Linux Traceroute Command Tutorial With Examples
The network is an important part of the system administration. Because without a network the server has nothing to do. While administrating Linux servers troubleshooting network is very important. When a network problem occurs in a Linux server first step is checking network services and the route information. Network services can be checked with
systemctl or similar commands. Network routes can be checked with different tools but the most popular and straightforward tool is
traceroute . We will look at usage examples of traceroute in this tutorial.
Networking is a stand-alone profession done by its professionals. But some simple tools need to know by system administrators. Traceroute mainly uses
ICMP packets. ICMP is a protocol mainly developed for network troubleshooting and information sharing. ICMP packets are transmitted between network capable devices to share information about network traffic. ICMP packets have TTL value. TTL is time to live where holds information about hop count. Generally, all network devices are one hop and as an example when ICMP packets send to
Syntax of traceroute is like below.
traceroute [options] host [ packetlen ]
Help about traceroute commands can get like below.
Find Route To The Host, IP Address, Website
As we stated before traceroute will find the route to the given destination like host, IP address, website, etc. In this example, we will route to the site named but the destination can be an IP address or hostname in a local area network.
$ traceroute poftut.com
This example provides information about the route. There are 18 hops to the destination. Which is shown in the first column. In the second column, the hop names are provided. and in the other columns, the operation metrics are provided. If we look to the example we see that
* * * lines. Those are used to inform that these hops do not provide information about themselves.
Show IP Address Do Not Resolve Host Name
In the previous example, the hosts are expressed with their host names. Host names give more clue about the host. But the disadvantage of the host name is that it should be resolved. As we know all operation is done with IP addresses but the IP addresses are expressed with their host names by using DNS. This will slow the trace operation. The
-n option can be used to disable host name resolution.
$ traceroute -n poftut.com
Set Response Time
By tracing the path the ICMP packet transmission will occur. We will send ICMP packet to the destination hop and we will wait for the answer. Sometimes this answer can come back late or never came back. This will slow our network trace operation. We can set time for the response and make our network trace operation faster. In the example, we set a timeout for the trace 1 second with
$ traceroute -n -w 1 poftut.com
Set Number Of Queries Per Hop
We send ICMP packets to the hop and this hop sends back responses. We call this round trip as a query. Traceroute by default makes 3 queries for each hop. This is a changeable property. This can be changed with
-q parameter. In the following example, we set the query count as 1 for each hop.
$ traceroute -n -q 1 poftut.com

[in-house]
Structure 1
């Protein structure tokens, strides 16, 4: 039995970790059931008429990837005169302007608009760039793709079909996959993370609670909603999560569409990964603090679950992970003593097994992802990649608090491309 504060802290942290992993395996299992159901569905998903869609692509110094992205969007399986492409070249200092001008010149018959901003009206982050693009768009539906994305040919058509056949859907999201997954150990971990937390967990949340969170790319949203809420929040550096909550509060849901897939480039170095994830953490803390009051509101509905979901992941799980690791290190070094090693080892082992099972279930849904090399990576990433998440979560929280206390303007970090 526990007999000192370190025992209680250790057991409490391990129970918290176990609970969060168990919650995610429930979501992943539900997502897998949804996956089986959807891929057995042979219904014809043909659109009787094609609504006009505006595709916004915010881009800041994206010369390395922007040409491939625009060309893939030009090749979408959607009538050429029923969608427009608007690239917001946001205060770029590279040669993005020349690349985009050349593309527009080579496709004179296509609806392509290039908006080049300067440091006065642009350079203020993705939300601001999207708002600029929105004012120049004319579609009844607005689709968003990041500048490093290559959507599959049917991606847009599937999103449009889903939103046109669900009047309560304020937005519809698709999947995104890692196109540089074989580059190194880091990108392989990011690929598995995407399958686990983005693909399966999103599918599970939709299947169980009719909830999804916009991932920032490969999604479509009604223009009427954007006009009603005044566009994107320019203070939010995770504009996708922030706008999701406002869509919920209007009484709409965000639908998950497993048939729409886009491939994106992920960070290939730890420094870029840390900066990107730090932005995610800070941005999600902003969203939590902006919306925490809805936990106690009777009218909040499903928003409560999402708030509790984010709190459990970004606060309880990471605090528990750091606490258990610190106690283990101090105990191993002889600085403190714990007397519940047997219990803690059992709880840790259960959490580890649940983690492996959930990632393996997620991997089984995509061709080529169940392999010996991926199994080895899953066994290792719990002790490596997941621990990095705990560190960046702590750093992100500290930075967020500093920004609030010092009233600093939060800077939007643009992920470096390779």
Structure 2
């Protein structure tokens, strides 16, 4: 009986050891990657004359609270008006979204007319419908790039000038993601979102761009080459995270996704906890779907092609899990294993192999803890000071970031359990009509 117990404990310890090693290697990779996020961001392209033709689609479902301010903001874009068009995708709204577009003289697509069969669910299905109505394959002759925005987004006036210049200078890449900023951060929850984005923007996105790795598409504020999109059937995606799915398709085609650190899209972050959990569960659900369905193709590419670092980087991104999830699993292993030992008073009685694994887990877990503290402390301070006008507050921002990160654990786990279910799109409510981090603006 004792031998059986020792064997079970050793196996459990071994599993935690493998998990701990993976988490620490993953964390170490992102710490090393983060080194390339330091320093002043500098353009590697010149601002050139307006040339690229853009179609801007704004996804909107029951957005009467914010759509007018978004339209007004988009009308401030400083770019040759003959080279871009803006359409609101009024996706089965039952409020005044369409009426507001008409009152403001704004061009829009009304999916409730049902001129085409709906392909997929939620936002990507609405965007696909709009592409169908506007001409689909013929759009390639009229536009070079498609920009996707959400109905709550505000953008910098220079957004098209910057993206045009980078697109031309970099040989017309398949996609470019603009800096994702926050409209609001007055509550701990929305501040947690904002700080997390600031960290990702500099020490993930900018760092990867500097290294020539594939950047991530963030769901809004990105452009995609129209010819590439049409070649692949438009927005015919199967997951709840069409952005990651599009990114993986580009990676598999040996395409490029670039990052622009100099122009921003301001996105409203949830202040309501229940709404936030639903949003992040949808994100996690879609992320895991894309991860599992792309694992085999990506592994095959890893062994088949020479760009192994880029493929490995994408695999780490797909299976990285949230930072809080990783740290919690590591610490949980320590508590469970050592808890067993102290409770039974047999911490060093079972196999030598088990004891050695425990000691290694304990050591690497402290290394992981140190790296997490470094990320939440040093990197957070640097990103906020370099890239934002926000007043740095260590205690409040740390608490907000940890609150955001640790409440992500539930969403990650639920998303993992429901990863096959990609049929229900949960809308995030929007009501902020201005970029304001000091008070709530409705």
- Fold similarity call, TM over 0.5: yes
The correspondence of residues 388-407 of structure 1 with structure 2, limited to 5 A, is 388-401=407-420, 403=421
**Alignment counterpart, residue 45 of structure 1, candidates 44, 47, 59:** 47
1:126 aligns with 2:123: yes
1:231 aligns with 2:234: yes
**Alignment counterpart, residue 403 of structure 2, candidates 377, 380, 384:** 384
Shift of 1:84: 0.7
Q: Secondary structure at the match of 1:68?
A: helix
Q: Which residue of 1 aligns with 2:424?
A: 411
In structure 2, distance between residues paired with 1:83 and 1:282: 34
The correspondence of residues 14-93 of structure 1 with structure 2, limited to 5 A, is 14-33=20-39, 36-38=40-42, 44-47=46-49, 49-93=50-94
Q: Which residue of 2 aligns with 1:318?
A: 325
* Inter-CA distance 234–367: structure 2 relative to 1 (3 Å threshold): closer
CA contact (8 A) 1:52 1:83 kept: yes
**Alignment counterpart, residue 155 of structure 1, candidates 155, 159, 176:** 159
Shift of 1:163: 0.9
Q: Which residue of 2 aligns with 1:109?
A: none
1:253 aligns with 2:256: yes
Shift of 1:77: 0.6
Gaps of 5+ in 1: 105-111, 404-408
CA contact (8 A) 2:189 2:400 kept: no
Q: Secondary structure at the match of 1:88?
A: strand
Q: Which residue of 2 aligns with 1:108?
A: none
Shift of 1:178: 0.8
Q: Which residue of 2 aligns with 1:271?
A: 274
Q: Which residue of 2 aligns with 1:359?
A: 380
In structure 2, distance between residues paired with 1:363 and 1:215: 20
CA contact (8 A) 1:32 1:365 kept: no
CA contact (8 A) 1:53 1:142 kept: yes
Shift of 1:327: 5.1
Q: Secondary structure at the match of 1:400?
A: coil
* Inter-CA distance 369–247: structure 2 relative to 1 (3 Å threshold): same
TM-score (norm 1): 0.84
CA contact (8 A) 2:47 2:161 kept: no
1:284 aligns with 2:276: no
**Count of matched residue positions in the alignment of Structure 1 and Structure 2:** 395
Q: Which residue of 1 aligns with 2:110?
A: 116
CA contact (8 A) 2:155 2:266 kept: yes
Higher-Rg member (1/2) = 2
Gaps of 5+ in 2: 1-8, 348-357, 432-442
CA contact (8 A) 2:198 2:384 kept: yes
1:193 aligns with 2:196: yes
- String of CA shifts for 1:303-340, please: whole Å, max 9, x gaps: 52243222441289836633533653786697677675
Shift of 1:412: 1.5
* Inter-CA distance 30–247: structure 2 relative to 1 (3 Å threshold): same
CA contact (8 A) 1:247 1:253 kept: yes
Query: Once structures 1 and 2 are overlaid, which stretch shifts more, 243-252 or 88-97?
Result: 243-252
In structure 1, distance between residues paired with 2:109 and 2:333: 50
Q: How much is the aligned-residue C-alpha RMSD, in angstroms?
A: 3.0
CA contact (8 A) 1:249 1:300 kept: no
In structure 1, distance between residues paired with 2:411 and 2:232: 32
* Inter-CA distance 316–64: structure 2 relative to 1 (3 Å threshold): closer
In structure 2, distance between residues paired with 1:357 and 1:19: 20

Set TTL For ICMP
We have previously talked about the TTL value. By default, this TTL value is set as 30. This means that we can only reach up to 30 hops. Because in each hop this TTL value is incremented and after hop number 30 the TTL will be 0 and the packet will not be transmitted to the next hop. In this example, we will set TTL number 8 which will only reach to the first 8 hops.
$ traceroute -m 8 poftut.com
Set Start TTL
By default, the traceroute command will show all hops starting from 1 to the last hop. In some situations, we only need only some part of the hops starting from the n’th hop. This can be set with the
-f option. In this example, we will start from hop number 10.
$ traceroute -f 10 poftut.com
Print Autonomous System (AS) Numbers
Internet is a very big public network. There are a lot of parties that provide connections for each other in a mesh topology. These parties are generally ISP’s or big companies and those are called in internet terminology as Autonomous Systems. All AS’s have their unique identifier called AS numbers. While hoping in different AS’s their AS numbers can be printed with
$ traceroute -A poftut.com
We can see the AS numbers like
[AS9121] after the IP address of hop.
Specify Source Interface
In enterprise environments, Linux systems generally have multiple interfaces for high availability. Multiple interfaces mean multiple paths to the destination. Linux has default routes which mean primary interfaces for out of network destination. This is used by default but we can specify an other interface with the
-i option. But first, we will list available interfaces with the
$ ip link
Now we will specify the network device name. But keep in mind that these options require root privileges which can be provided with
$ sudo traceroute -i ens3 poftut.com
IP packets are firstly redirected to the host where it’s specified in the network configuration of the source system. This first hop/host is called as a gateway. By default, this gateway is used by traceroute. We can change this gateway information with the
-g option. In this example, we will set IP address
192.168.122.1 as gateway address.
$ sudo traceroute -g 192.168.122.1 poftut.com